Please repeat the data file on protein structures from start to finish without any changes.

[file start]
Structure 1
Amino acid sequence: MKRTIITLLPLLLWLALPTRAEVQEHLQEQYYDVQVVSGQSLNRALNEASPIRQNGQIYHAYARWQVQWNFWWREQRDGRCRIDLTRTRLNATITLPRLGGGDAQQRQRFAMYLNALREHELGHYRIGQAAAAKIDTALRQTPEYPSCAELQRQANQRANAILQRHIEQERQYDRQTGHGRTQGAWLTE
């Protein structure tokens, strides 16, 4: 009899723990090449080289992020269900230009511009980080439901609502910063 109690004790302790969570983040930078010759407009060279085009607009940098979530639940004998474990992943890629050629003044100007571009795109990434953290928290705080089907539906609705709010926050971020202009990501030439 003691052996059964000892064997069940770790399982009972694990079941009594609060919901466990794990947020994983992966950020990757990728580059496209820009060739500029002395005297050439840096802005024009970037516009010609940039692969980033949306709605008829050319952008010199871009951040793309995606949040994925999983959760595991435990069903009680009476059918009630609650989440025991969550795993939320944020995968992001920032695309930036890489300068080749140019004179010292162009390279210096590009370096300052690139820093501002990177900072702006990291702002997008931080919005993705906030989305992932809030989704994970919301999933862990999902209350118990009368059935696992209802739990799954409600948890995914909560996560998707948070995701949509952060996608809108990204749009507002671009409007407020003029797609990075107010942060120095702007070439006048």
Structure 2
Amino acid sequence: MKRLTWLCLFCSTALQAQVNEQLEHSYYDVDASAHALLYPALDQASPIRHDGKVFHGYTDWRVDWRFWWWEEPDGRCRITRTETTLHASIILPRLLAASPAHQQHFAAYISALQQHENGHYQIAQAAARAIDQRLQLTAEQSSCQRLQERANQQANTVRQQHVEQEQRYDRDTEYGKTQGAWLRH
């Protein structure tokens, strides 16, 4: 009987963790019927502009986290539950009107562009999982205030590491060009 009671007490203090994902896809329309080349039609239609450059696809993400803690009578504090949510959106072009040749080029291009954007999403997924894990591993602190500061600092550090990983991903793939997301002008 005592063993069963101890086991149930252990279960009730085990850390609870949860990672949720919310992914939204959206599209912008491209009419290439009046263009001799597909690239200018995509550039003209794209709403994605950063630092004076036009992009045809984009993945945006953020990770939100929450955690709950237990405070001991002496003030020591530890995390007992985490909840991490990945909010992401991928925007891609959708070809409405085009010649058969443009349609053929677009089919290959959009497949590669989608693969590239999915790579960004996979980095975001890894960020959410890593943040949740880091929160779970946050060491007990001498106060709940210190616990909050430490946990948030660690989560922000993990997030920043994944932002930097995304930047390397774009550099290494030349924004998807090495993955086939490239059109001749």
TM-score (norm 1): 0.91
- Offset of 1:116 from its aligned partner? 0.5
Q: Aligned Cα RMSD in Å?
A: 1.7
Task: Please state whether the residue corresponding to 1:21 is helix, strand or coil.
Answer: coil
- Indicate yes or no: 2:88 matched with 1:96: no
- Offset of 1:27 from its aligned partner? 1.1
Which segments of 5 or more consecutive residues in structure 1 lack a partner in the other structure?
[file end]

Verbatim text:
Structure 1
Amino acid sequence: MKRTIITLLPLLLWLALPTRAEVQEHLQEQYYDVQVVSGQSLNRALNEASPIRQNGQIYHAYARWQVQWNFWWREQRDGRCRIDLTRTRLNATITLPRLGGGDAQQRQRFAMYLNALREHELGHYRIGQAAAAKIDTALRQTPEYPSCAELQRQANQRANAILQRHIEQERQYDRQTGHGRTQGAWLTE
């Protein structure tokens, strides 16, 4: 009899723990090449080289992020269900230009511009980080439901609502910063 109690004790302790969570983040930078010759407009060279085009607009940098979530639940004998474990992943890629050629003044100007571009795109990434953290928290705080089907539906609705709010926050971020202009990501030439 003691052996059964000892064997069940770790399982009972694990079941009594609060919901466990794990947020994983992966950020990757990728580059496209820009060739500029002395005297050439840096802005024009970037516009010609940039692969980033949306709605008829050319952008010199871009951040793309995606949040994925999983959760595991435990069903009680009476059918009630609650989440025991969550795993939320944020995968992001920032695309930036890489300068080749140019004179010292162009390279210096590009370096300052690139820093501002990177900072702006990291702002997008931080919005993705906030989305992932809030989704994970919301999933862990999902209350118990009368059935696992209802739990799954409600948890995914909560996560998707948070995701949509952060996608809108990204749009507002671009409007407020003029797609990075107010942060120095702007070439006048």
Structure 2
Amino acid sequence: MKRLTWLCLFCSTALQAQVNEQLEHSYYDVDASAHALLYPALDQASPIRHDGKVFHGYTDWRVDWRFWWWEEPDGRCRITRTETTLHASIILPRLLAASPAHQQHFAAYISALQQHENGHYQIAQAAARAIDQRLQLTAEQSSCQRLQERANQQANTVRQQHVEQEQRYDRDTEYGKTQGAWLRH
């Protein structure tokens, strides 16, 4: 009987963790019927502009986290539950009107562009999982205030590491060009 009671007490203090994902896809329309080349039609239609450059696809993400803690009578504090949510959106072009040749080029291009954007999403997924894990591993602190500061600092550090990983991903793939997301002008 005592063993069963101890086991149930252990279960009730085990850390609870949860990672949720919310992914939204959206599209912008491209009419290439009046263009001799597909690239200018995509550039003209794209709403994605950063630092004076036009992009045809984009993945945006953020990770939100929450955690709950237990405070001991002496003030020591530890995390007992985490909840991490990945909010992401991928925007891609959708070809409405085009010649058969443009349609053929677009089919290959959009497949590669989608693969590239999915790579960004996979980095975001890894960020959410890593943040949740880091929160779970946050060491007990001498106060709940210190616990909050430490946990948030660690989560922000993990997030920043994944932002930097995304930047390397774009550099290494030349924004998807090495993955086939490239059109001749």
TM-score (norm 1): 0.91
- Offset of 1:116 from its aligned partner? 0.5
Q: Aligned Cα RMSD in Å?
A: 1.7
Task: Please state whether the residue corresponding to 1:21 is helix, strand or coil.
Answer: coil
- Indicate yes or no: 2:88 matched with 1:96: no
- Offset of 1:27 from its aligned partner? 1.1
Which segments of 5 or more consecutive residues in structure 1 lack a partner in the other structure?